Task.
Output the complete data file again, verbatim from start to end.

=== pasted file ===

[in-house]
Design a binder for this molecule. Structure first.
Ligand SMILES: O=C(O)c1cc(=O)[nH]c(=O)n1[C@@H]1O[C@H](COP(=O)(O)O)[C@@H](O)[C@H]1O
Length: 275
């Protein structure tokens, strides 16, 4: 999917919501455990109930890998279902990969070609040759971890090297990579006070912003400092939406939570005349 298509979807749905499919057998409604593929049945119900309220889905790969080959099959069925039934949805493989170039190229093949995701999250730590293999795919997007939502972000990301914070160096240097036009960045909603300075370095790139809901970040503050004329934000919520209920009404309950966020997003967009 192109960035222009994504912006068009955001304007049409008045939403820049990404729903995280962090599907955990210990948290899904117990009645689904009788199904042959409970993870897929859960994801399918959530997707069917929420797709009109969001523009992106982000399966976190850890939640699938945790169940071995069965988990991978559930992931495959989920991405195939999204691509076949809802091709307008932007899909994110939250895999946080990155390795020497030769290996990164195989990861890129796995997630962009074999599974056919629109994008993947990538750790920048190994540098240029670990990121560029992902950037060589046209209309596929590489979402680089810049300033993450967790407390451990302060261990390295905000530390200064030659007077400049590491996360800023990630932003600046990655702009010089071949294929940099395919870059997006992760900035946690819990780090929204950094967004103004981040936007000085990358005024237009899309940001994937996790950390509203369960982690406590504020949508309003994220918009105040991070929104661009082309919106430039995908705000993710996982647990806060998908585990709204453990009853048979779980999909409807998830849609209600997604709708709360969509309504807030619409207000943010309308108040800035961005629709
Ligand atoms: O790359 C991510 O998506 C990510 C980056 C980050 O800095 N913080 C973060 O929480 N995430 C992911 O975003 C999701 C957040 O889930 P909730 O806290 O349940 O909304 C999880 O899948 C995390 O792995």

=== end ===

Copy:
[in-house]
Design a binder for this molecule. Structure first.
Ligand SMILES: O=C(O)c1cc(=O)[nH]c(=O)n1[C@@H]1O[C@H](COP(=O)(O)O)[C@@H](O)[C@H]1O
Length: 275
């Protein structure tokens, strides 16, 4: 999917919501455990109930890998279902990969070609040759971890090297990579006070912003400092939406939570005349 298509979807749905499919057998409604593929049945119900309220889905790969080959099959069925039934949805493989170039190229093949995701999250730590293999795919997007939502972000990301914070160096240097036009960045909603300075370095790139809901970040503050004329934000919520209920009404309950966020997003967009 192109960035222009994504912006068009955001304007049409008045939403820049990404729903995280962090599907955990210990948290899904117990009645689904009788199904042959409970993870897929859960994801399918959530997707069917929420797709009109969001523009992106982000399966976190850890939640699938945790169940071995069965988990991978559930992931495959989920991405195939999204691509076949809802091709307008932007899909994110939250895999946080990155390795020497030769290996990164195989990861890129796995997630962009074999599974056919629109994008993947990538750790920048190994540098240029670990990121560029992902950037060589046209209309596929590489979402680089810049300033993450967790407390451990302060261990390295905000530390200064030659007077400049590491996360800023990630932003600046990655702009010089071949294929940099395919870059997006992760900035946690819990780090929204950094967004103004981040936007000085990358005024237009899309940001994937996790950390509203369960982690406590504020949508309003994220918009105040991070929104661009082309919106430039995908705000993710996982647990806060998908585990709204453990009853048979779980999909409807998830849609209600997604709708709360969509309504807030619409207000943010309308108040800035961005629709
Ligand atoms: O790359 C991510 O998506 C990510 C980056 C980050 O800095 N913080 C973060 O929480 N995430 C992911 O975003 C999701 C957040 O889930 P909730 O806290 O349940 O909304 C999880 O899948 C995390 O792995």